Monday, August 27, 2007

The Media is the Minefield

I was again cogitating – something akin to thinking for oneself, but for older people – about the ancient cave paintings in southern France, and other great works of figurative art from the foundations of human civilization.

What is it about us people as a species that we yearn to create images? We seem to be genetically predisposed to be image-makers.

Well, perhaps I’m being hasty. In our present time we find a plethora of image-related media, and the technology for creating images – electronic, film, literary – has never before been as abundant. Yet not all who have access to such technology are found to be creatively using these devices in actual image-making applications. Think of all the unused cameras and video machines collecting dust in their disuse.

Yet, imagery pervades our culture.

Still, my argument is valid if modified in this way: let us alter our proposition to say that, rather than being a race of image-makers, we are more accurately a race of image consumers. That is to say, we have an innate ability and desire to visualize.

It is crucially significant to make the distinction between the human ability and desire for imagery and the biological functioning of the visual cortex of higher life forms. Virtually all animated life, from insects to reptiles to mammals, has the ability to form visual images, to see. Yet that is not what distinguishes mankind from other life forms. It seems that our innate abilities as image-maker and image beholder are not merely biological. There is something deeper at work here, more ephemeral, in order to explain the differences.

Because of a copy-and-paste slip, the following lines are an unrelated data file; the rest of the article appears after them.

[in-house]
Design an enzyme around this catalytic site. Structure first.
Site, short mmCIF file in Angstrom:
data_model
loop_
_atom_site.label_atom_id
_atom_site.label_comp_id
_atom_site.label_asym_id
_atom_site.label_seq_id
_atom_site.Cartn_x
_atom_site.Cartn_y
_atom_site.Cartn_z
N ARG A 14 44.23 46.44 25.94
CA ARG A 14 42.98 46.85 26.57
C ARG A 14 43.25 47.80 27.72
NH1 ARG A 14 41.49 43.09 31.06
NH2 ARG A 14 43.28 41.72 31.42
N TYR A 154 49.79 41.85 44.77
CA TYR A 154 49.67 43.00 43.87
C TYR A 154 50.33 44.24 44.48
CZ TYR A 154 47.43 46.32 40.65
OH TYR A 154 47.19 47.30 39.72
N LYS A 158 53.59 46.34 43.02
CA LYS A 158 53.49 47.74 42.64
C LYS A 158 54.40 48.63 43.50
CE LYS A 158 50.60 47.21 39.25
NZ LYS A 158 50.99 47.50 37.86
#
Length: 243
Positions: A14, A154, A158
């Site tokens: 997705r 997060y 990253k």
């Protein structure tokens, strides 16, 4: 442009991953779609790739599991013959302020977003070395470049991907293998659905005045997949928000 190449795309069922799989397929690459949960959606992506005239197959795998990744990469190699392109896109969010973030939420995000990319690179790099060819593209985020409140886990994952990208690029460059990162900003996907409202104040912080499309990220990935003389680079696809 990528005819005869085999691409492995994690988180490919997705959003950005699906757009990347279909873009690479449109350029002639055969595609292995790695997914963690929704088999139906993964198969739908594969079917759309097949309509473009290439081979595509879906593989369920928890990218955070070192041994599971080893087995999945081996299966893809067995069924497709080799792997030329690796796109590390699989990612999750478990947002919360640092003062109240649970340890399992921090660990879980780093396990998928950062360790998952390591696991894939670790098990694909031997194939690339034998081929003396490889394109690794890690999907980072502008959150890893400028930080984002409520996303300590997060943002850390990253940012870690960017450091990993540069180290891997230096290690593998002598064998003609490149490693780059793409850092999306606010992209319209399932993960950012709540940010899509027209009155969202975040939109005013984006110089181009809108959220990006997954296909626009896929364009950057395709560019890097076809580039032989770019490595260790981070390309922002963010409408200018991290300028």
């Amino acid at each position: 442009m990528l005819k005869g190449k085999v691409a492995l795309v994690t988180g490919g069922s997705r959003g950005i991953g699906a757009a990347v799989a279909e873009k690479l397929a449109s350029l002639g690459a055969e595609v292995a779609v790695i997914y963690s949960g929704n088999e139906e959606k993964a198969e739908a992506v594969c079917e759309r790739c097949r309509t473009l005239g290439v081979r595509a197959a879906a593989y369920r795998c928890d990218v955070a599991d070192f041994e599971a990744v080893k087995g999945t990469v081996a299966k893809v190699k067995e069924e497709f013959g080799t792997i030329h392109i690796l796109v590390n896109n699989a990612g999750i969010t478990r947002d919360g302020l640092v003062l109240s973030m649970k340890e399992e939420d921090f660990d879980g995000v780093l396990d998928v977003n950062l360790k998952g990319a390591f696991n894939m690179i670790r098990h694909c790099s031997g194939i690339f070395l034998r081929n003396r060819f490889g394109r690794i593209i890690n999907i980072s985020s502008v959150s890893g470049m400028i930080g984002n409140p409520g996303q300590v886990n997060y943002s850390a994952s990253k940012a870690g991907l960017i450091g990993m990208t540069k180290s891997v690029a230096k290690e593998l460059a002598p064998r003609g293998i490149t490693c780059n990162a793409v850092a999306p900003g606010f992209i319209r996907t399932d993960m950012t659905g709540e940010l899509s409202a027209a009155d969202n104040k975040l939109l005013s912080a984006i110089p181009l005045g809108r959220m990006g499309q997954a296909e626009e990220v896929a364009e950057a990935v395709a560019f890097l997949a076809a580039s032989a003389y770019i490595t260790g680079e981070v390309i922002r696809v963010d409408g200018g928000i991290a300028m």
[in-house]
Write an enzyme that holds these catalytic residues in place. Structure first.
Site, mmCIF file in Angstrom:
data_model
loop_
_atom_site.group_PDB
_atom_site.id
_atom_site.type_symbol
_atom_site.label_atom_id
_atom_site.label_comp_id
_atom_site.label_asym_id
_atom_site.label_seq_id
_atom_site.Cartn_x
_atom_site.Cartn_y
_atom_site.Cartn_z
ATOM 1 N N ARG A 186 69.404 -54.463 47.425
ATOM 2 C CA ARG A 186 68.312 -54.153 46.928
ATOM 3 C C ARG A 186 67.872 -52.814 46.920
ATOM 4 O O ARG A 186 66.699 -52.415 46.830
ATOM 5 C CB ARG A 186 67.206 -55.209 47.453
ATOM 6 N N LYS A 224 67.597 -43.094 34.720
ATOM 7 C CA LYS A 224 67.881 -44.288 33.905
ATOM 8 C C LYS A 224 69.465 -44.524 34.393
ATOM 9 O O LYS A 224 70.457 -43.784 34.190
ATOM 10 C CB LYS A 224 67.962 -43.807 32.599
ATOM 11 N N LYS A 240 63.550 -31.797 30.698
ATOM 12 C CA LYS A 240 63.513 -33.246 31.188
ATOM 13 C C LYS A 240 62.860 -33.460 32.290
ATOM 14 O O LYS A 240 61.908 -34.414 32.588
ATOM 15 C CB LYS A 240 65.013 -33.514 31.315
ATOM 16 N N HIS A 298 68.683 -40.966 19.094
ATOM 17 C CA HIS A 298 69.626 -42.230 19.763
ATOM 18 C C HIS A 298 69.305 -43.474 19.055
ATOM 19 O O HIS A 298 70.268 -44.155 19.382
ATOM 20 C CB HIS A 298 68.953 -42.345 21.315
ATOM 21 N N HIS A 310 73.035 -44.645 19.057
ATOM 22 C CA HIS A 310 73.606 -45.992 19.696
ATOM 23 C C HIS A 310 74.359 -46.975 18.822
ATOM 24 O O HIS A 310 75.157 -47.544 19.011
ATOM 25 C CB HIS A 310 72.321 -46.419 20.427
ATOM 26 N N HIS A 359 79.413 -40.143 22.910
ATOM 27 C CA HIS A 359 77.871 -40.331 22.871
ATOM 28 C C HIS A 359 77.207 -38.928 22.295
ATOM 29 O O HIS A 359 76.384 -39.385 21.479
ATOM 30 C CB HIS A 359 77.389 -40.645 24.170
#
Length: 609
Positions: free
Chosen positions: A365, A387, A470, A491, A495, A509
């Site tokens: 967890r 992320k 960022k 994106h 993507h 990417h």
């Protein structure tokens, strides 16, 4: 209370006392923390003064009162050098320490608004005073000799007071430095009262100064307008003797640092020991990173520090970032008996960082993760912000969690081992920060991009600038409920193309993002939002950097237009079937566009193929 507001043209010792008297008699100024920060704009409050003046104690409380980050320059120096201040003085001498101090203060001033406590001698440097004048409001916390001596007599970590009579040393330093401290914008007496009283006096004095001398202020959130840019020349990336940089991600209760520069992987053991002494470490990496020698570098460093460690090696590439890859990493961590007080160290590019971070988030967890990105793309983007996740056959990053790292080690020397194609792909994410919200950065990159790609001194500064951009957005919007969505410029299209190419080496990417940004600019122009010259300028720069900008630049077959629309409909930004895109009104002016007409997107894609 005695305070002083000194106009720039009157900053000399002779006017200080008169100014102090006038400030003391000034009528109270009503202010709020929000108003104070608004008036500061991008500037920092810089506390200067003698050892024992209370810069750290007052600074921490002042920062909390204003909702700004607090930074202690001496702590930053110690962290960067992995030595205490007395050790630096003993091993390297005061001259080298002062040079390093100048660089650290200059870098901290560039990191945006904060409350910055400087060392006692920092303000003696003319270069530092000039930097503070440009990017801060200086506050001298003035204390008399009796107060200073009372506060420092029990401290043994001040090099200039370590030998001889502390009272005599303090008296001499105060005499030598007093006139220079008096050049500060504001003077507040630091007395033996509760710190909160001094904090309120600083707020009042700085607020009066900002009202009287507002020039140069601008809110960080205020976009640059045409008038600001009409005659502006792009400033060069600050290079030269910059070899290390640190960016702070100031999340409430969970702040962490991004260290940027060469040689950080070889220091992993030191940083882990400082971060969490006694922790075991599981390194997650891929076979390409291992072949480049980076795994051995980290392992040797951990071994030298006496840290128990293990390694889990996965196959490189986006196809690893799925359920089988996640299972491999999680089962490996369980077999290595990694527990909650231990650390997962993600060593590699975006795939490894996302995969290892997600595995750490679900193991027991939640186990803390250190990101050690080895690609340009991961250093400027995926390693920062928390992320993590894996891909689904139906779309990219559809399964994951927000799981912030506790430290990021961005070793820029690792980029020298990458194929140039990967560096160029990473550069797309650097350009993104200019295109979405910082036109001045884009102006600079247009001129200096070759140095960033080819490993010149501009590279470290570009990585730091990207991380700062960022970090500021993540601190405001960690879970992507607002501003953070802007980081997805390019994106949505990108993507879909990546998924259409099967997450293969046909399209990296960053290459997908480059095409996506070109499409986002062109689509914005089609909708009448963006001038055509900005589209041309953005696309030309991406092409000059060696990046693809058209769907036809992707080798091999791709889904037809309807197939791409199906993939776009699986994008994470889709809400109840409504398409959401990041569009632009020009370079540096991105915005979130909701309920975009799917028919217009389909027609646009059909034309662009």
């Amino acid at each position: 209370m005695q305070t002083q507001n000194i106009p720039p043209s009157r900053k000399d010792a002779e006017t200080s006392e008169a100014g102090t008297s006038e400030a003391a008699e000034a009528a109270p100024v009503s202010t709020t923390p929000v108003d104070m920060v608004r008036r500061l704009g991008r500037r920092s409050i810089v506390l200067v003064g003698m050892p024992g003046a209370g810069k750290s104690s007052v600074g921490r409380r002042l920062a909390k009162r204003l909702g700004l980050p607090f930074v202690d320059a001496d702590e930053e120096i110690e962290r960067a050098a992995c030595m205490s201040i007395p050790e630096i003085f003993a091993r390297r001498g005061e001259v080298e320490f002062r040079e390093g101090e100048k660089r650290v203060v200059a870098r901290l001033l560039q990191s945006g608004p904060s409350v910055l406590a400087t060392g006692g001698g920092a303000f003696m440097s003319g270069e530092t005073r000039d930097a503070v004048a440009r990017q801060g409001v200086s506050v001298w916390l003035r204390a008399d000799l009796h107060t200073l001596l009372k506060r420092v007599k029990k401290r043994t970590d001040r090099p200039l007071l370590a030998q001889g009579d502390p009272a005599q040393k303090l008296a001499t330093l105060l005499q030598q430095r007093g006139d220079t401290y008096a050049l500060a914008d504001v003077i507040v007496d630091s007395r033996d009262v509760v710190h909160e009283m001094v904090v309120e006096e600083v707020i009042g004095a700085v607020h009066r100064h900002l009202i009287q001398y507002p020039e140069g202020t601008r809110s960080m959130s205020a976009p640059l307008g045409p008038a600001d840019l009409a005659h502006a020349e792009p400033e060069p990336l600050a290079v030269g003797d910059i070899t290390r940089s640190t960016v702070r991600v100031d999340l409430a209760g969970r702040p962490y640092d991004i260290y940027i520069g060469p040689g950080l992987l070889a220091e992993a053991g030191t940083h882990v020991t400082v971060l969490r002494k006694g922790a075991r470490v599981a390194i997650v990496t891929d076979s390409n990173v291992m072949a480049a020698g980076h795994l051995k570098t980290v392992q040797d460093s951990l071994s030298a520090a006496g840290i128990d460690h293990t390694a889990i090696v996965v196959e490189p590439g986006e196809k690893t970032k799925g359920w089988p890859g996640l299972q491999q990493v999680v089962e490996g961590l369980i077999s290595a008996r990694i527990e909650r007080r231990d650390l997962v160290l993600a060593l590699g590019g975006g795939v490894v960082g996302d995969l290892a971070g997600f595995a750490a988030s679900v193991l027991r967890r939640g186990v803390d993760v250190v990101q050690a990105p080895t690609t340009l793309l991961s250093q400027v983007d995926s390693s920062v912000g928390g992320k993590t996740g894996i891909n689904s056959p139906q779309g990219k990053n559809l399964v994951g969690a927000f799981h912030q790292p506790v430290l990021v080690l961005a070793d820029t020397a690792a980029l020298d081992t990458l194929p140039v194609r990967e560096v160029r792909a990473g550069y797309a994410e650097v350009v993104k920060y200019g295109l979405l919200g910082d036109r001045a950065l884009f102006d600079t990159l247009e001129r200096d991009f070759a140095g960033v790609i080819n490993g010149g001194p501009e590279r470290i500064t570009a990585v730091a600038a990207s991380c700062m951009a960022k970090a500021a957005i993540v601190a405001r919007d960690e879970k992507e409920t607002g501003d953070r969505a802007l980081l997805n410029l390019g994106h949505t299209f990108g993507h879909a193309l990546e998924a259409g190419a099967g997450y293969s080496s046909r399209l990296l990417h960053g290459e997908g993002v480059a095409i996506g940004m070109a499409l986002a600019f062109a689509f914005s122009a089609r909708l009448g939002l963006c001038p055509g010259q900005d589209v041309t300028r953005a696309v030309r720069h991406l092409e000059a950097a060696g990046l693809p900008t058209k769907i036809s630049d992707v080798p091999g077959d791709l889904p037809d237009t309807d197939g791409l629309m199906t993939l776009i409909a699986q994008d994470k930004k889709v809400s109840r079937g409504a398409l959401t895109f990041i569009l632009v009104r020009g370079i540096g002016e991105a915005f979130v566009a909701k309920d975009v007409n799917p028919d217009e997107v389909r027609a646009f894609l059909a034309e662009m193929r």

Perhaps the term ‘spiritual’ comes to mind; certainly an over-used word, one that is absent the rigor of the carefully defined terminology of western rationalism.

In this case, we’ll say that our hunger for imagery helps to satisfy a deep, primordial, internal spiritual craving. We seem to use images to fill a divine-shaped vacuum within.

The physical evidence yet collected seems to indicate that humans became human – that is, were found to be biologically distinct from other hominids - at about the same time that we see evidence for the ability to create imagery.

While evolutionary anthropologists make the argument that image making helped early man to organize into social groups around religious ceremony, and reinforced the more effective tactics of the hunt, I find particular interest in the coincidence of the arrival of image making with the prerequisite for an advanced ability to think in abstract terms. A quantum leap in cognition is required in order for biological animal vision to be transformed into a system of visual symbology.

This is in essence what the image becomes in functional terms: an assignment of identification between one thing and something else, through some common visual attribute, or other characteristics shared by both.

A stone or piece of hardwood is scrapped, chipped and carved into a shape that enables a mental assignment to be made between the object as placeholder and some part of objective reality. The two lumps on the carving seem to resemble the breasts of one’s mate, for instance. A system of visual symbology begins to form. The carving is now endowed with symbolism: that of the role served by female in the local culture.